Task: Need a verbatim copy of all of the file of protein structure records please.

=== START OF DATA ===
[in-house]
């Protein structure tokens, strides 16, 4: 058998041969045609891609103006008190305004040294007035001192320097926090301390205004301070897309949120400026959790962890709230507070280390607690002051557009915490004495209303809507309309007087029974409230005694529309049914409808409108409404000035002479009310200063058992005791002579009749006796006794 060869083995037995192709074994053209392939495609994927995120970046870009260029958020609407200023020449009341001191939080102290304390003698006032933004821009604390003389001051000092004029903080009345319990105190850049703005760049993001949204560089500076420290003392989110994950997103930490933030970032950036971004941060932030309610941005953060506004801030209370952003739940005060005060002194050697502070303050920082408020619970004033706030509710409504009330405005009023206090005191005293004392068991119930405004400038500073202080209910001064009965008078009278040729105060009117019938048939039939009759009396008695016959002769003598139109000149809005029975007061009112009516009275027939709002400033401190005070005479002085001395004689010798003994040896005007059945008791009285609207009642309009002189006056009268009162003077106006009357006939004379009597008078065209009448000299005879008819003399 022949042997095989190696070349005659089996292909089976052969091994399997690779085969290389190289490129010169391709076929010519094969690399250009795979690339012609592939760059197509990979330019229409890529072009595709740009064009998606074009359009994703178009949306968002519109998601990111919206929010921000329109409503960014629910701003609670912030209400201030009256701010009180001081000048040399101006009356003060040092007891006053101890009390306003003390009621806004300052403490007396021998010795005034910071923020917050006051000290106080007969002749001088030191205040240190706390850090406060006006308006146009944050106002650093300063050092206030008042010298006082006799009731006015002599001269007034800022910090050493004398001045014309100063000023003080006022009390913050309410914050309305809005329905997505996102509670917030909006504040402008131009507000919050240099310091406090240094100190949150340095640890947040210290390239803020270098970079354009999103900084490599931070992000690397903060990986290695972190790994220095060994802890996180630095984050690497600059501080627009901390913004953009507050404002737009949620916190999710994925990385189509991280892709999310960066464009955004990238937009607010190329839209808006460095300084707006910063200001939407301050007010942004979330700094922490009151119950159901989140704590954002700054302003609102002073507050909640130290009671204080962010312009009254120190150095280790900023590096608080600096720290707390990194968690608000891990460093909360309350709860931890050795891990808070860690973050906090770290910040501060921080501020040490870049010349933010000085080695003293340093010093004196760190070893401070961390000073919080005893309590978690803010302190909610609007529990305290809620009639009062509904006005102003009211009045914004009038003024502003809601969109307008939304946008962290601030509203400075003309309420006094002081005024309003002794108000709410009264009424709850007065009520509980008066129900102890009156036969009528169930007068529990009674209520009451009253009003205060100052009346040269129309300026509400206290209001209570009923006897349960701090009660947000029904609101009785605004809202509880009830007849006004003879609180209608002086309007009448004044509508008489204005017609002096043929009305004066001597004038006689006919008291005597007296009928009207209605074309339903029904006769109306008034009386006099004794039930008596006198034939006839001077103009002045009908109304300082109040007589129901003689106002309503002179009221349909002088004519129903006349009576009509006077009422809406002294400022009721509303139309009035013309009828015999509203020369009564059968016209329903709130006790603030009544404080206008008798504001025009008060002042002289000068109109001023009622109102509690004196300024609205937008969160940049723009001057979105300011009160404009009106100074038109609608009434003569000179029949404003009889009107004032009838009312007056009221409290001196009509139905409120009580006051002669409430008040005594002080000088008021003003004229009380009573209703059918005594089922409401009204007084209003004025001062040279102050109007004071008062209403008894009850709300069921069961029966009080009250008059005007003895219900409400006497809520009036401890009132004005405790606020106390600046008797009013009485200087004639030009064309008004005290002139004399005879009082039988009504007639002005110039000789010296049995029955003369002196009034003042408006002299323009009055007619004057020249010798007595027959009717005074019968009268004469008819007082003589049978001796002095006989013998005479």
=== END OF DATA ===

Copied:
[in-house]
């Protein structure tokens, strides 16, 4: 058998041969045609891609103006008190305004040294007035001192320097926090301390205004301070897309949120400026959790962890709230507070280390607690002051557009915490004495209303809507309309007087029974409230005694529309049914409808409108409404000035002479009310200063058992005791002579009749006796006794 060869083995037995192709074994053209392939495609994927995120970046870009260029958020609407200023020449009341001191939080102290304390003698006032933004821009604390003389001051000092004029903080009345319990105190850049703005760049993001949204560089500076420290003392989110994950997103930490933030970032950036971004941060932030309610941005953060506004801030209370952003739940005060005060002194050697502070303050920082408020619970004033706030509710409504009330405005009023206090005191005293004392068991119930405004400038500073202080209910001064009965008078009278040729105060009117019938048939039939009759009396008695016959002769003598139109000149809005029975007061009112009516009275027939709002400033401190005070005479002085001395004689010798003994040896005007059945008791009285609207009642309009002189006056009268009162003077106006009357006939004379009597008078065209009448000299005879008819003399 022949042997095989190696070349005659089996292909089976052969091994399997690779085969290389190289490129010169391709076929010519094969690399250009795979690339012609592939760059197509990979330019229409890529072009595709740009064009998606074009359009994703178009949306968002519109998601990111919206929010921000329109409503960014629910701003609670912030209400201030009256701010009180001081000048040399101006009356003060040092007891006053101890009390306003003390009621806004300052403490007396021998010795005034910071923020917050006051000290106080007969002749001088030191205040240190706390850090406060006006308006146009944050106002650093300063050092206030008042010298006082006799009731006015002599001269007034800022910090050493004398001045014309100063000023003080006022009390913050309410914050309305809005329905997505996102509670917030909006504040402008131009507000919050240099310091406090240094100190949150340095640890947040210290390239803020270098970079354009999103900084490599931070992000690397903060990986290695972190790994220095060994802890996180630095984050690497600059501080627009901390913004953009507050404002737009949620916190999710994925990385189509991280892709999310960066464009955004990238937009607010190329839209808006460095300084707006910063200001939407301050007010942004979330700094922490009151119950159901989140704590954002700054302003609102002073507050909640130290009671204080962010312009009254120190150095280790900023590096608080600096720290707390990194968690608000891990460093909360309350709860931890050795891990808070860690973050906090770290910040501060921080501020040490870049010349933010000085080695003293340093010093004196760190070893401070961390000073919080005893309590978690803010302190909610609007529990305290809620009639009062509904006005102003009211009045914004009038003024502003809601969109307008939304946008962290601030509203400075003309309420006094002081005024309003002794108000709410009264009424709850007065009520509980008066129900102890009156036969009528169930007068529990009674209520009451009253009003205060100052009346040269129309300026509400206290209001209570009923006897349960701090009660947000029904609101009785605004809202509880009830007849006004003879609180209608002086309007009448004044509508008489204005017609002096043929009305004066001597004038006689006919008291005597007296009928009207209605074309339903029904006769109306008034009386006099004794039930008596006198034939006839001077103009002045009908109304300082109040007589129901003689106002309503002179009221349909002088004519129903006349009576009509006077009422809406002294400022009721509303139309009035013309009828015999509203020369009564059968016209329903709130006790603030009544404080206008008798504001025009008060002042002289000068109109001023009622109102509690004196300024609205937008969160940049723009001057979105300011009160404009009106100074038109609608009434003569000179029949404003009889009107004032009838009312007056009221409290001196009509139905409120009580006051002669409430008040005594002080000088008021003003004229009380009573209703059918005594089922409401009204007084209003004025001062040279102050109007004071008062209403008894009850709300069921069961029966009080009250008059005007003895219900409400006497809520009036401890009132004005405790606020106390600046008797009013009485200087004639030009064309008004005290002139004399005879009082039988009504007639002005110039000789010296049995029955003369002196009034003042408006002299323009009055007619004057020249010798007595027959009717005074019968009268004469008819007082003589049978001796002095006989013998005479």